An Inadvertent Sin

Well informed Christians are aware that there are such things as sins of ignorance.  We sin constantly in thought, word and deed.  Often on reflection we are aware of our sin and repent of it and confess it to the Lord.  But we also do, say or think things that at the time we do not recognize as sin.

One of the most nauseating characteristics of modern society is the cult of celebrities.  People whose private lives are anything but clean and moral are given much publicity and become feted as celebrities.  This is one of the symptoms of the sickness of our civilization.  But we can come very close to making celebrities in Christian circles.  Of course these are usually godly folk.  They are people whom God has used, and so we tend to admire them.  If they have been used to build a large church, or have held successful missions, or have been used greatly in missionary work, then we want to hear what they have to say.  People flock to hear them, especially if the speaker has traveled a long way!  And so they become a celebrity.  This is so easy to do.  But we need to remember what God has said in Isaiah 42:8: “I am the Lord, that is my name; and my glory I will not give to another” (NKJV).  The word ‘glory’ basically means ‘weight, heaviness, or honour’, the precise meaning depending upon the context.  Paul alludes to this primary meaning when he writes of “an eternal weight of glory” in 2 Corinthians 4:17.  The relevant meanings here would include power, reputation, superiority, dignity, authority, nobility, splendor, praiseworthiness, esteem or veneration.

An example of this tendency is in connection with revivals.  When you think of, say, the Welsh revival of 1904-5, whose name comes to your mind?  Evan Roberts, perhaps, although many other men were used at that time.  When you think of the Hebrides revival of the 1940s, whose name comes to mind?  Duncan Campbell.  Of course he would have been the first to acknowledge that the blessing that came was all of God.  Yet we do tend to regard him as a celebrity.  But he was just an instrument that God used.  I bought a book of his revival sermons that he preached in the Hebrides, and I was surprised to find that they were quite ordinary.  Many men today could preach as well or better.  This underlines the fact that the blessing came from God not man.  If we unwittingly give the glory to man, if we attribute the blessing to a certain man, we are robbing God of his glory.

In 2 Chronicles 20 we read of a great peril that faced king Jehoshaphat.  His country was invaded by the Moabites and the Ammonites and he was very much afraid.  he prayed to God.  God inspired Jahaziel, the prophet, to proclaim an encouraging word.  The people sought God and the Lord brought about a miraculous victory.  But after that you do not find the people praising Jehoshaphat.  You do not find them saying, “What a great king we have.  What a great victory he gave us.”  Nor do you find them saying, “Have you heard Jehaziel?  He has a wonderful ministry  You ought to hear him some time.”  No, they gave the glory to God and praised Him.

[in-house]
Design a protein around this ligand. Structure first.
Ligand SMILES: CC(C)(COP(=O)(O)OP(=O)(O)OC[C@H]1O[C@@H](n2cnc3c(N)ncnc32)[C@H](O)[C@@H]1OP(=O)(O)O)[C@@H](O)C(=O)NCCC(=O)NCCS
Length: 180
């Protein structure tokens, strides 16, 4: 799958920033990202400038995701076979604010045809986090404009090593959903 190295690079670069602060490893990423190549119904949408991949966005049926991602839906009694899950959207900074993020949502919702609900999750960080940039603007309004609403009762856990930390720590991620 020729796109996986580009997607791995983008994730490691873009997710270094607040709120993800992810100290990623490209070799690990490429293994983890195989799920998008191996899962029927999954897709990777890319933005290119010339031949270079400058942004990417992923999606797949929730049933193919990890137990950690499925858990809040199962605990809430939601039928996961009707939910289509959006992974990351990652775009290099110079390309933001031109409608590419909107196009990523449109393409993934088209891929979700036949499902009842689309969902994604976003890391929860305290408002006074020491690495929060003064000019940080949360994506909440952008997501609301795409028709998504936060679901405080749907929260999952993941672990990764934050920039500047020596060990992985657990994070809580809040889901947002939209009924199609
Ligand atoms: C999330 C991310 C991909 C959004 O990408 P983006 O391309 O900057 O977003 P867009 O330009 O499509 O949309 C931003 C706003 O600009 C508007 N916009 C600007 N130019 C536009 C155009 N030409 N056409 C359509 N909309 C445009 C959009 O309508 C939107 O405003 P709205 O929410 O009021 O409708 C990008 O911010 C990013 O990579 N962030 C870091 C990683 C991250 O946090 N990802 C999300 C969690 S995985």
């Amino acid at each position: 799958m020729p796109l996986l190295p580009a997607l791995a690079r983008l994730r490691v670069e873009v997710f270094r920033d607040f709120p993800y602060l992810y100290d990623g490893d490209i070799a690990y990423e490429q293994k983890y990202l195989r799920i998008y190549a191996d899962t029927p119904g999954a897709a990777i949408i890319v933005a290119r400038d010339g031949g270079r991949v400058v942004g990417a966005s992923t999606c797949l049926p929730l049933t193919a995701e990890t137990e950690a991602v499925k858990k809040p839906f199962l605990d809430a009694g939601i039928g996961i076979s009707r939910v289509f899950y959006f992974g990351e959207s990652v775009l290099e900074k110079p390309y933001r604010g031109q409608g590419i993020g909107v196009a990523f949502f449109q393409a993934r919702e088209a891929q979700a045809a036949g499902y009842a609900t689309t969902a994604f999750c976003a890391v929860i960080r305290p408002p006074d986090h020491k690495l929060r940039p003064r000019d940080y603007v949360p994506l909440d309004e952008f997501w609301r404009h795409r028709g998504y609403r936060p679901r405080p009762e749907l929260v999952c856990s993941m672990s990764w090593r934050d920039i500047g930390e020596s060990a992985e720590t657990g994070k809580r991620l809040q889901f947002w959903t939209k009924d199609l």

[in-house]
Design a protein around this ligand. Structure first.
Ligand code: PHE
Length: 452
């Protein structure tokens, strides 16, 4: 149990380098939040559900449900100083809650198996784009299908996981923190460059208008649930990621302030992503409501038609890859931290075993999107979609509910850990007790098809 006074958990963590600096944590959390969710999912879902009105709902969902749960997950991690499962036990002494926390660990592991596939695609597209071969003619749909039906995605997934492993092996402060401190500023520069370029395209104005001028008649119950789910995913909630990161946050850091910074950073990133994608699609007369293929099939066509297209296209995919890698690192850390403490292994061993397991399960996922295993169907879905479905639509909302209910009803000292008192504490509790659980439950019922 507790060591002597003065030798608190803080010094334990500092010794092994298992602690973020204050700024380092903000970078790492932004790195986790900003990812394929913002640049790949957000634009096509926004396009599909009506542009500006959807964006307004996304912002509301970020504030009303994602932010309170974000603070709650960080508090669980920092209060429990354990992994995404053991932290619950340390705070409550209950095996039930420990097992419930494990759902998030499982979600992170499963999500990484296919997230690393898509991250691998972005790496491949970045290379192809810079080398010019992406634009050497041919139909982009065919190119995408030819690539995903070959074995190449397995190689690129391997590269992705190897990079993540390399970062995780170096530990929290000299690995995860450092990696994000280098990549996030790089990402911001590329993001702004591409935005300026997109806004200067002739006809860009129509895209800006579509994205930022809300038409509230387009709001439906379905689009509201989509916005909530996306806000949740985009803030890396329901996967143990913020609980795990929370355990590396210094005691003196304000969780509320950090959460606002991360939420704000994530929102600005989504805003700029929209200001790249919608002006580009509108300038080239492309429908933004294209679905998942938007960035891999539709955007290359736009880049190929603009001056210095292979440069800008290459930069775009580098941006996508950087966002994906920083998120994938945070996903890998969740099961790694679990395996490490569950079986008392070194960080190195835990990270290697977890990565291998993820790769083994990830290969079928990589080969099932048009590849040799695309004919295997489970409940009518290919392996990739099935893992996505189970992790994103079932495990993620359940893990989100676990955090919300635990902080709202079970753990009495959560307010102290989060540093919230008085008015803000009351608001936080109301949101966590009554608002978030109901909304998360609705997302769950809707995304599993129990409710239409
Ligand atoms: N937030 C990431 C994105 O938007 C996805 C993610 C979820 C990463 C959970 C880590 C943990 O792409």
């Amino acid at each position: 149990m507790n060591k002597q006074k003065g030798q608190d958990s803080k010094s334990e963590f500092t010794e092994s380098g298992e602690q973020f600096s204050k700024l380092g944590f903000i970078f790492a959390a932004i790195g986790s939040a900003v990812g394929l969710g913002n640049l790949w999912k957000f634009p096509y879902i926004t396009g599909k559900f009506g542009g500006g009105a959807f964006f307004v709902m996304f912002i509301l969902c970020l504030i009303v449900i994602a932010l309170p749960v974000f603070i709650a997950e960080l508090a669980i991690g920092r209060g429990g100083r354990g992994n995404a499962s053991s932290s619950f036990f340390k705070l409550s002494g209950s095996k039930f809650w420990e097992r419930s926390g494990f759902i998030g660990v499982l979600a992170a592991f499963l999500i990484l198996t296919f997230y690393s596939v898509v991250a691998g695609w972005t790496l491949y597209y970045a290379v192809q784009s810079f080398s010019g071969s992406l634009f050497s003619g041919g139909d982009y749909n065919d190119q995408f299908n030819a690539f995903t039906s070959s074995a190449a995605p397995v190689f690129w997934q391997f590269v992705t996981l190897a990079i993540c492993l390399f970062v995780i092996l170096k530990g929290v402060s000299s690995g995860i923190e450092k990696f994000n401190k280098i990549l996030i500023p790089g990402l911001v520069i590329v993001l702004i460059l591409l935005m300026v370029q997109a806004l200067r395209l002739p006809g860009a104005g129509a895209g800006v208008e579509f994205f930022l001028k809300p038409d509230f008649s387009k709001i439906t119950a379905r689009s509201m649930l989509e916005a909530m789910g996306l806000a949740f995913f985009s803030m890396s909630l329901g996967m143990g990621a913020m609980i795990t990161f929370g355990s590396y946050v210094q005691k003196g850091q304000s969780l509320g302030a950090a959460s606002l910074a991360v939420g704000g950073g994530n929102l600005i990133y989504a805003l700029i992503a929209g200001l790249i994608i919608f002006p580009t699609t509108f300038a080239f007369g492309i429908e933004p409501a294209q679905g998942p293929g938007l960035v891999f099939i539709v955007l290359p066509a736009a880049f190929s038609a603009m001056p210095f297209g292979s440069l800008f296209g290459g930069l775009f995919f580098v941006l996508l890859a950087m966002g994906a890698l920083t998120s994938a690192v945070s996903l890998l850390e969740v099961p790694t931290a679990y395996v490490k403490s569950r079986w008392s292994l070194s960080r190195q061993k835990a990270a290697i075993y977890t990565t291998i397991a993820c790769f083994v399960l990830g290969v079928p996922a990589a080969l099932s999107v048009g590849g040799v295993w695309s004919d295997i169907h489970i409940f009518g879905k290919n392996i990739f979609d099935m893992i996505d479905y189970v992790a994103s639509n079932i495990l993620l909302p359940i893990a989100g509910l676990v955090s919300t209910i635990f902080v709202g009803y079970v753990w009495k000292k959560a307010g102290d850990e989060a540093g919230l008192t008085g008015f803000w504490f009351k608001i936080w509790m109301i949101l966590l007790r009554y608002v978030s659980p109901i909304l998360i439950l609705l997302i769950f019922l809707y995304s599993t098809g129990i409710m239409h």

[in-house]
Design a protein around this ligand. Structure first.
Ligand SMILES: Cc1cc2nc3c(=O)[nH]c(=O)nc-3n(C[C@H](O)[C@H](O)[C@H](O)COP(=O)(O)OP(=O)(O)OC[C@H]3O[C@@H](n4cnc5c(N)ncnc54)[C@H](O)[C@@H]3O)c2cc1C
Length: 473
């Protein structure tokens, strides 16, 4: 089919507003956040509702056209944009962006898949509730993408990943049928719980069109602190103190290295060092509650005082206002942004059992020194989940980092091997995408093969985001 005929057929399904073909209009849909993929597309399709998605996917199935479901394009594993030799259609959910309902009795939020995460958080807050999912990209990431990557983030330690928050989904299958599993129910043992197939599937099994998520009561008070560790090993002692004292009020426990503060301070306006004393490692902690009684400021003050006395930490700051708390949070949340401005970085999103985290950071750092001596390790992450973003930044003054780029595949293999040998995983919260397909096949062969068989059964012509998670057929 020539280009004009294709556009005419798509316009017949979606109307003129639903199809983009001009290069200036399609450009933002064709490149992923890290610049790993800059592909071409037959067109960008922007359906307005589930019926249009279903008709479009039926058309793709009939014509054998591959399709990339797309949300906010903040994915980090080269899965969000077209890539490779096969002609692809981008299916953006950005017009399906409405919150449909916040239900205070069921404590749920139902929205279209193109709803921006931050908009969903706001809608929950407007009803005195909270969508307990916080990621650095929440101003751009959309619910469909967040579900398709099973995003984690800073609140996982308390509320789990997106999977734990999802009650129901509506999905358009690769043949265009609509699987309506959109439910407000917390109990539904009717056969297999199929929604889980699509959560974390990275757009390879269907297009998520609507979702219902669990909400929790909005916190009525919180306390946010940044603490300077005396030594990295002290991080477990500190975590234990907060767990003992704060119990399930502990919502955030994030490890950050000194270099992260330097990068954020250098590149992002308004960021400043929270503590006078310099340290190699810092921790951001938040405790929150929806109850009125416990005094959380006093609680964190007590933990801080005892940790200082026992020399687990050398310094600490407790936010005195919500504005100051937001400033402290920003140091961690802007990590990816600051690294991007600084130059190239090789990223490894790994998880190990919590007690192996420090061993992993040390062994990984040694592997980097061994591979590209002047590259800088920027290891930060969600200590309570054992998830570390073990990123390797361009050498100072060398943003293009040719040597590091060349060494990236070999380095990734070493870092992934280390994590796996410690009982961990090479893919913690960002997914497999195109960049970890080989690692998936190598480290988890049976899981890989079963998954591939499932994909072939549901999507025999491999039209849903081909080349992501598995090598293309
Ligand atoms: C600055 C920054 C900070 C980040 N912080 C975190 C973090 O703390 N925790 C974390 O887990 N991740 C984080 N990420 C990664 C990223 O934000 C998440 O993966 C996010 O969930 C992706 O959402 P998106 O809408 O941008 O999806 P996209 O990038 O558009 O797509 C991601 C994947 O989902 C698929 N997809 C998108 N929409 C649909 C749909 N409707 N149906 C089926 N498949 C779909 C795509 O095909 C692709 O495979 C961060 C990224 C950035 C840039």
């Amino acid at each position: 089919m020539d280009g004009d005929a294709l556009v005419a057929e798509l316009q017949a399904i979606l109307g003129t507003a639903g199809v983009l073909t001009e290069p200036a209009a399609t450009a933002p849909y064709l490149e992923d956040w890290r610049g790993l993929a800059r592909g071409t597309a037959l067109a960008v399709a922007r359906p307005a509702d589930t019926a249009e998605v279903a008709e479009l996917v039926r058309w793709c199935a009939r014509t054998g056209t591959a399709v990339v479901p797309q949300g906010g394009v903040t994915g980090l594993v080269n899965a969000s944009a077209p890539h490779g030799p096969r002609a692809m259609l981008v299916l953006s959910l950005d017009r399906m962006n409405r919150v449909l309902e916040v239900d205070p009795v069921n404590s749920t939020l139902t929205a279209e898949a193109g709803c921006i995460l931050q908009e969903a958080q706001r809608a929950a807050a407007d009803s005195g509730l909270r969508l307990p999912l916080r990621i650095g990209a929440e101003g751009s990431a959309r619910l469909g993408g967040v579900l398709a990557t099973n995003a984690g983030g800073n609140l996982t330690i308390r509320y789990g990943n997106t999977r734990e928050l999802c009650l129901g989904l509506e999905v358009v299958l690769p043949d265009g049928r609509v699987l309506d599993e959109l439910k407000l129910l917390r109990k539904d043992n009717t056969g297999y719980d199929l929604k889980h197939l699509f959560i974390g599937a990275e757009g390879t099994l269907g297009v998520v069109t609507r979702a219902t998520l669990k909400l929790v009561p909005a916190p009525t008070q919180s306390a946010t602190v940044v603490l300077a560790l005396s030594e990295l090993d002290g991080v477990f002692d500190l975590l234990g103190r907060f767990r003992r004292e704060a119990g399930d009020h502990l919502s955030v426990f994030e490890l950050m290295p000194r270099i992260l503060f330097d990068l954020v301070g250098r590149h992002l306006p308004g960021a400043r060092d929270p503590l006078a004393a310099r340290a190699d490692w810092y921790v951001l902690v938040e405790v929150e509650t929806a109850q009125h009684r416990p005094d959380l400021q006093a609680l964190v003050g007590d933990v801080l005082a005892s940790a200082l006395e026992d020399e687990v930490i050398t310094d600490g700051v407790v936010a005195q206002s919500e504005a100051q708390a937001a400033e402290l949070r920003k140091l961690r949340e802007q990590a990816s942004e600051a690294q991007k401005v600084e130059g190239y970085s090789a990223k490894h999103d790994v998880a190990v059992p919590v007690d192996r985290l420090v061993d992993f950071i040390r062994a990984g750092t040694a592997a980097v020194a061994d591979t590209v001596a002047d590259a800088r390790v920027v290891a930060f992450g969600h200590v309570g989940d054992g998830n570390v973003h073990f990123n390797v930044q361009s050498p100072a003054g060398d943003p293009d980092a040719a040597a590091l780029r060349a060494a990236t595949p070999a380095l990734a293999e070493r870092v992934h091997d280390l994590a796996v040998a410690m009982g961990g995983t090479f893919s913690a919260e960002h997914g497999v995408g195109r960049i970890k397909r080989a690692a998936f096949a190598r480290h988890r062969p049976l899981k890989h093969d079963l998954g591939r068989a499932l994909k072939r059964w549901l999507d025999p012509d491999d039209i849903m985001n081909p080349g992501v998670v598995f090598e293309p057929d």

From time to time God demonstrates his sovereign power by using people who in the world’s eyes are nobodies.  He delights to use the weak and frail to accomplish his purposes.  In the seventeenth century God took up a tinker, a travelling mender of pots and pans with no significant education.  He was greatly used by God.  he wrote over thirty books including one of the world’s best sellers, The Pilgrim’s Progress.  The godly and learned theologian, John Owen is reported to have said that he would gladly give up all his learning if he could preach like that tinker, John Bunyan.  In the nineteenth century the Lord took up a country boy, named Charlie Spurgeon, and made him into a renowned preacher whose sermons are still read today.

Some time ago I came across a little rhyme.  I would like to know its origin.  It concerns the amazing victory of Gideon and his three hundred over the vast host of the Midianlites.  When the Holy Spirit came upon Gideon (Judges 6:34) apparently the Hebrew can be rendered “the Spirit clothed himself with Gideon”, hence this rhyme:  “But Gideon was nothing, was nothing in the fray, but just a suit of working clothes the Spirit wore that day.”

Exactly!  We must give the glory to God.  Some years ago I heard a Welsh preacher speak of the 1904-5 revival   He referred to a man used in that awakening.  This man had preached in a certain town and the Lord had blessed. He got on the late train to go home.  Along the platform came the paper boy with the late edition of the local paper.  This man opened the window and purchased a copy.  It reported the blessing on his mission.  He sat back in the seat and glowed, saying to himself, “Now it is not only Evan Roberts; I have been used also.”  Years later, he tearfully confessed, “At that moment, something left me.”  And he was never used in that way again.

The inadvertent sin is attributing blessing to man, or taking the glory ourselves.  Let us give the glory to God alone.  For he alone is worthy.  He alone can give spiritual blessing.


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